‘Always read your lease:’ tips, information provided at Manhattan Renter’s Forum

The Renter's Housing Forum had a four-person panel giving community members insight into the tenant and landlord relationships in Manhattan. From left to right, Hannah Heatherman (student renter), Cydney Alexis (faculty renter), Phil Anderson (landlord) and Brice Ebert (landlord). (Luis Villarreal-Reyes | Collegian Media Group)

For many at Kansas State, off-campus housing is an ongoing topic.

Presenters at the Manhattan Renter’s Forum on Tuesday evening encouraged students — and all renters in Manhattan — to know their rights as tenants and their landlord’s rights as well.

Teresa Baker, tenant landlord and Helping Ourselves to Prosper Economically program manager for Housing and Credit Counseling, Inc., was the first speaker at the forum. Baker told renters to “always” read their lease.

She described the contents of the Kansas Residential Landlord & Tenant Act. For example, a landlord does not have to supply an air conditioning system, but if they decide to, they are required to maintain it.

“They don’t have to supply appliances, so, whenever you go look for a rental, make sure that everything is there,” Baker said. “Make sure it’s covered in the lease, that it’s supplied.”

It is also up to the landlord to maintain systems such as electrical, plumbing and sanitary. They must also provide the means for adequate heat and running water.

“They don’t have to pay for trash removal, but they have to make sure that it’s available in your area,” Baker said.

Before the forum took place, a survey on K-State Today invited all K-State students, faculty and staff who rent in Manhattan to answer questions on renting.

Justin Watkins, Student Governing Association Government Relations Committee chair and sophomore in political science, presented the survey results. The survey had 143 respondents, 60 of which were students. Of the respondents, 56 percent said they selected their property through a rental unit website.

“Another interesting thing was that people really care about price and the overall condition of the unit as opposed to location,” Watkins said.

He also said the vast majority of renters don’t know Manhattan has a voluntary rental inspection program.

Manhattan assistant city manager Dennis Marstall also sent out a survey to landlords. He said one of the key takeaways from the survey was that landlords are on social media, and that it is a good place to build the tenant-landlord relationship.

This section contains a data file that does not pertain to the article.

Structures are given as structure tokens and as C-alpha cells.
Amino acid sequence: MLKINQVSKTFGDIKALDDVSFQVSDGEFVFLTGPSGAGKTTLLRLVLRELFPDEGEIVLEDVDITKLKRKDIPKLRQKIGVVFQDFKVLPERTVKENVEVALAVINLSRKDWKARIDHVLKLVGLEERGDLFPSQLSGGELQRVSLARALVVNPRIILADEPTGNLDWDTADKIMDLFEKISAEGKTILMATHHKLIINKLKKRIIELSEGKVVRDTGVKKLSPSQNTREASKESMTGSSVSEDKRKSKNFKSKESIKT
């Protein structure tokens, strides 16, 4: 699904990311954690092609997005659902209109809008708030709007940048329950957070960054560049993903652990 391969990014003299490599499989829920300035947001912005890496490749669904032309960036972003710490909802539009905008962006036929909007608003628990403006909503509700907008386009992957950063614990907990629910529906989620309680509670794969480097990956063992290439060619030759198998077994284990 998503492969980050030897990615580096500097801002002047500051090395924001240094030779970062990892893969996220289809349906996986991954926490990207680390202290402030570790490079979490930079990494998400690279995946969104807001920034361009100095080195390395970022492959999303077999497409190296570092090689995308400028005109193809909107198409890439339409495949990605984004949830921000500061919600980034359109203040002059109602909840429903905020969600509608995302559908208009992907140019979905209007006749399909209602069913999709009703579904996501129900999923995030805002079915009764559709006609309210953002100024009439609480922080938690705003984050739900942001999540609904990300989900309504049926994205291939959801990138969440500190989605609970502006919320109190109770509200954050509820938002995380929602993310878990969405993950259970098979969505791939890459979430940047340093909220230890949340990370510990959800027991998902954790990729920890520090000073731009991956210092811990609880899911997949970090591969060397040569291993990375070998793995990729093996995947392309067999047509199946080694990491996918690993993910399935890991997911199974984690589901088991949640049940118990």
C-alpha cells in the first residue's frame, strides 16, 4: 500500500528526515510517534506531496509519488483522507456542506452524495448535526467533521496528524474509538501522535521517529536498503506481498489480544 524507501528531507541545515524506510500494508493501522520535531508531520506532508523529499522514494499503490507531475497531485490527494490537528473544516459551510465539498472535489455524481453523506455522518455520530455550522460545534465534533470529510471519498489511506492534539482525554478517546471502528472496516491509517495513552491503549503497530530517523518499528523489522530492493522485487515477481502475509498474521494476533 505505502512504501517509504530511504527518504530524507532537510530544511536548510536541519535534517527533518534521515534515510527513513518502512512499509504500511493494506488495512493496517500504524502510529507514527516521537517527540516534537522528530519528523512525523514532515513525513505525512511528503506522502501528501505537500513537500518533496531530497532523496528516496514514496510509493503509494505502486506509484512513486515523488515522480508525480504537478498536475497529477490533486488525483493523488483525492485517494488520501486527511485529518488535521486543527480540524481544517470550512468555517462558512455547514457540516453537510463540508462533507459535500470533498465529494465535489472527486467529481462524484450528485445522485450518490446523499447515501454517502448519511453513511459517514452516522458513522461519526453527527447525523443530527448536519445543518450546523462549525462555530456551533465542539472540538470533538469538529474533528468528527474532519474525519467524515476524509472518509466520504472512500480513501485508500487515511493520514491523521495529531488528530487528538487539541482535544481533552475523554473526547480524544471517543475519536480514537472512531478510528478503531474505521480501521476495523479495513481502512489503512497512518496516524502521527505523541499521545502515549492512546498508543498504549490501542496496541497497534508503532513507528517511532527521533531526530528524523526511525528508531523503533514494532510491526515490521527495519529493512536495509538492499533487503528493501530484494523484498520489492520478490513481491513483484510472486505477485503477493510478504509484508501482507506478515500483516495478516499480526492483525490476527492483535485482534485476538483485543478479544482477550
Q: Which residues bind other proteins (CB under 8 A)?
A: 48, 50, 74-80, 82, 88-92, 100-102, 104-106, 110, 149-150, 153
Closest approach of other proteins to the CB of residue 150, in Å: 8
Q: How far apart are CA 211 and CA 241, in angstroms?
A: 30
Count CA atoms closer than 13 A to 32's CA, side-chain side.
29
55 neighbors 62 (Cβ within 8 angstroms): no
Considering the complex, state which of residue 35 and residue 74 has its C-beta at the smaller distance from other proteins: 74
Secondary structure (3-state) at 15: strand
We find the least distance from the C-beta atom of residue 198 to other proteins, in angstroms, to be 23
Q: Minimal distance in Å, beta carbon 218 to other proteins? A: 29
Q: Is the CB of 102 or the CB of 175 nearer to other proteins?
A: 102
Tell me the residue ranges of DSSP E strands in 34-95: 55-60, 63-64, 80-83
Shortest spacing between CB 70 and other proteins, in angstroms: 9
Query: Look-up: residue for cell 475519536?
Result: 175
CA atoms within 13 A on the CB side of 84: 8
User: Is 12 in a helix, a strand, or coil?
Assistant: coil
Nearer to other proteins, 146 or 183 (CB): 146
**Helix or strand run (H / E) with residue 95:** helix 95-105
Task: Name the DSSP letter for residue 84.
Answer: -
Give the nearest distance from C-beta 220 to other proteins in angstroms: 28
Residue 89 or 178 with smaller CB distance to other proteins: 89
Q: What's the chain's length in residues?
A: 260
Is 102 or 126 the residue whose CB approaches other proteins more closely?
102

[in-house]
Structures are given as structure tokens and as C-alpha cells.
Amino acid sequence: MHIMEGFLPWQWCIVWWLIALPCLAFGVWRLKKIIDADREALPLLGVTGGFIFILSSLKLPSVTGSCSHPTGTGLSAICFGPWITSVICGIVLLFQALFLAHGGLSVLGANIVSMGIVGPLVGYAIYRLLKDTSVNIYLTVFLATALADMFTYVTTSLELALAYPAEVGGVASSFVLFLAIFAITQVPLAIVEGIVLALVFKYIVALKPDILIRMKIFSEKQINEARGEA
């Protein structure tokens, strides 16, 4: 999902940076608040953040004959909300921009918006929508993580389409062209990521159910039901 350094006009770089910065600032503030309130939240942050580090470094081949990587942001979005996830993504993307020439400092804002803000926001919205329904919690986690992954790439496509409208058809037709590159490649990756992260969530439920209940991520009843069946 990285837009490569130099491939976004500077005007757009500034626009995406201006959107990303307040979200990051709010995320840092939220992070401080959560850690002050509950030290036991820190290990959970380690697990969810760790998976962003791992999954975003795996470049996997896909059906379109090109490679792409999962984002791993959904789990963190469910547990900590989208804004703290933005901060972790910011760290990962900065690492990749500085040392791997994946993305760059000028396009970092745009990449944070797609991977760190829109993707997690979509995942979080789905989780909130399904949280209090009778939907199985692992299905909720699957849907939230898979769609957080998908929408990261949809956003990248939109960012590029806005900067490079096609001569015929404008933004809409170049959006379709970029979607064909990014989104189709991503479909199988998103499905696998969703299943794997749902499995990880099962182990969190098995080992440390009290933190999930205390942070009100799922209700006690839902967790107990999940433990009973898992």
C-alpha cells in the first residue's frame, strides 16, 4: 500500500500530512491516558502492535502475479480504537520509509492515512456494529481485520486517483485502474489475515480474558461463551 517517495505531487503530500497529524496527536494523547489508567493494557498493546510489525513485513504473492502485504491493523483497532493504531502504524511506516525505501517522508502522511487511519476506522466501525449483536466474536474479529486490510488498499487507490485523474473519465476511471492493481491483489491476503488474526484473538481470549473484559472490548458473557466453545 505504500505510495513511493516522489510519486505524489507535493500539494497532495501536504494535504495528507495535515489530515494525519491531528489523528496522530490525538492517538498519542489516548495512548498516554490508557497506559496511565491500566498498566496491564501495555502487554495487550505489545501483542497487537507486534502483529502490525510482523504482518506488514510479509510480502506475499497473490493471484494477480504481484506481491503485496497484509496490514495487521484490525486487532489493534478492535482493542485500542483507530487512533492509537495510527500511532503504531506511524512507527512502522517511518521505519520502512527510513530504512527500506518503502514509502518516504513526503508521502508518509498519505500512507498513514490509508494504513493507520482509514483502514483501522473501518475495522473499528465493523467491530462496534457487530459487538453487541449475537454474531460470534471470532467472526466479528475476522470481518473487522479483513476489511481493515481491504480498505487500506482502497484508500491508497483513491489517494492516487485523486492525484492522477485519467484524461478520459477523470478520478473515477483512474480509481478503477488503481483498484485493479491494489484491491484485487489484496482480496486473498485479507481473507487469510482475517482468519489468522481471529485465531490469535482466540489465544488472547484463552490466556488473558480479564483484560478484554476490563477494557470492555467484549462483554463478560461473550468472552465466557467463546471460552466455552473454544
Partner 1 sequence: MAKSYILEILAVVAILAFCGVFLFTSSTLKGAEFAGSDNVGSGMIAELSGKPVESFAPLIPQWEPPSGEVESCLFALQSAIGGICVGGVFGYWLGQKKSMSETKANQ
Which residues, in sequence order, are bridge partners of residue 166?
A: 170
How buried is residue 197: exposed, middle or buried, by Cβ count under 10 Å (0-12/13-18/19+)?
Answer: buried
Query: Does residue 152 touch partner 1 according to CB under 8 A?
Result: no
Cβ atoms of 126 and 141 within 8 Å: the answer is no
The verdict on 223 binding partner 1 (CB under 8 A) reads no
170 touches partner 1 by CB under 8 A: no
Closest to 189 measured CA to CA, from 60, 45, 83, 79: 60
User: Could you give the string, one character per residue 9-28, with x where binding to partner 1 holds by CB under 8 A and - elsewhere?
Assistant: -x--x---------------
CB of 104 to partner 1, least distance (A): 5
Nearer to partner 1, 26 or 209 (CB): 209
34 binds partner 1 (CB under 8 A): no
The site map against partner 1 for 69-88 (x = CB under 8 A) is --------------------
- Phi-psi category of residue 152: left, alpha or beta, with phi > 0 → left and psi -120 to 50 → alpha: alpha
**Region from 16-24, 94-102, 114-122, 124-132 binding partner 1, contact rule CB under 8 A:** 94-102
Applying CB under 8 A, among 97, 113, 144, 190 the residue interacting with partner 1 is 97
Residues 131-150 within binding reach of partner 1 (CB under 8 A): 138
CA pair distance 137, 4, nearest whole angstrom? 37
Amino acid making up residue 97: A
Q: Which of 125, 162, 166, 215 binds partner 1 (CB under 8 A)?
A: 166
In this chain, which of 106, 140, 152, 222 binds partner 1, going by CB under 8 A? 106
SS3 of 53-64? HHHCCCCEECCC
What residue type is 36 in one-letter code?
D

Of the 129 respondents, 48 answered the question “What changes could be made to the City’s Housing Code that would improve the overall quality of rental housing in the community?”

Some answers to this question, according to Marstall, include a better enforcement of codes to force landlords to fix rundown apartments and also enhancing better communication with landlords.

The forum concluded with a panel of renters and landlords. Hannah Heatherman, speaker of the student senate and senior in finance, sat on the panel as a student renter.

From her own experience, she said college students typically find housing with a Google search. She said taking the time necessary to look into city resources and landlords may be more difficult.

“I don’t think a lot of people take the time,” Heatherman said.

Phil Anderson, who has been a rental property owner since 1981, was another panelist. He currently runs Anderson Bed and Breakfast on Fairchild Avenue.

He said there’s a simple way for students to solve their problems when it comes to renting.

“If the student body did vote, the student body can control the city of Manhattan,” he said.

Zach Perez, sophomore in journalism and mass communications, is the student director of off-campus housing and attended the forum.

“I would absolutely love it if I could either talk or write something that is shown to students,” Perez said. “In my experience, I have noticed a lot of times, with students at least, no one necessarily comes looking for answers until their rights have been violated.”

I'm Pete Loganbill and I'm the News Editor for the Collegian and host of the Collegian Kultivate podcast! I spent two years at Johnson County Community College, and I am now a senior in Public Relations at K-State. I believe constant communication leads to progress, no matter how difficult a comment may be for me or anyone to hear. Contact me at ploganbill@kstatecollegian.com.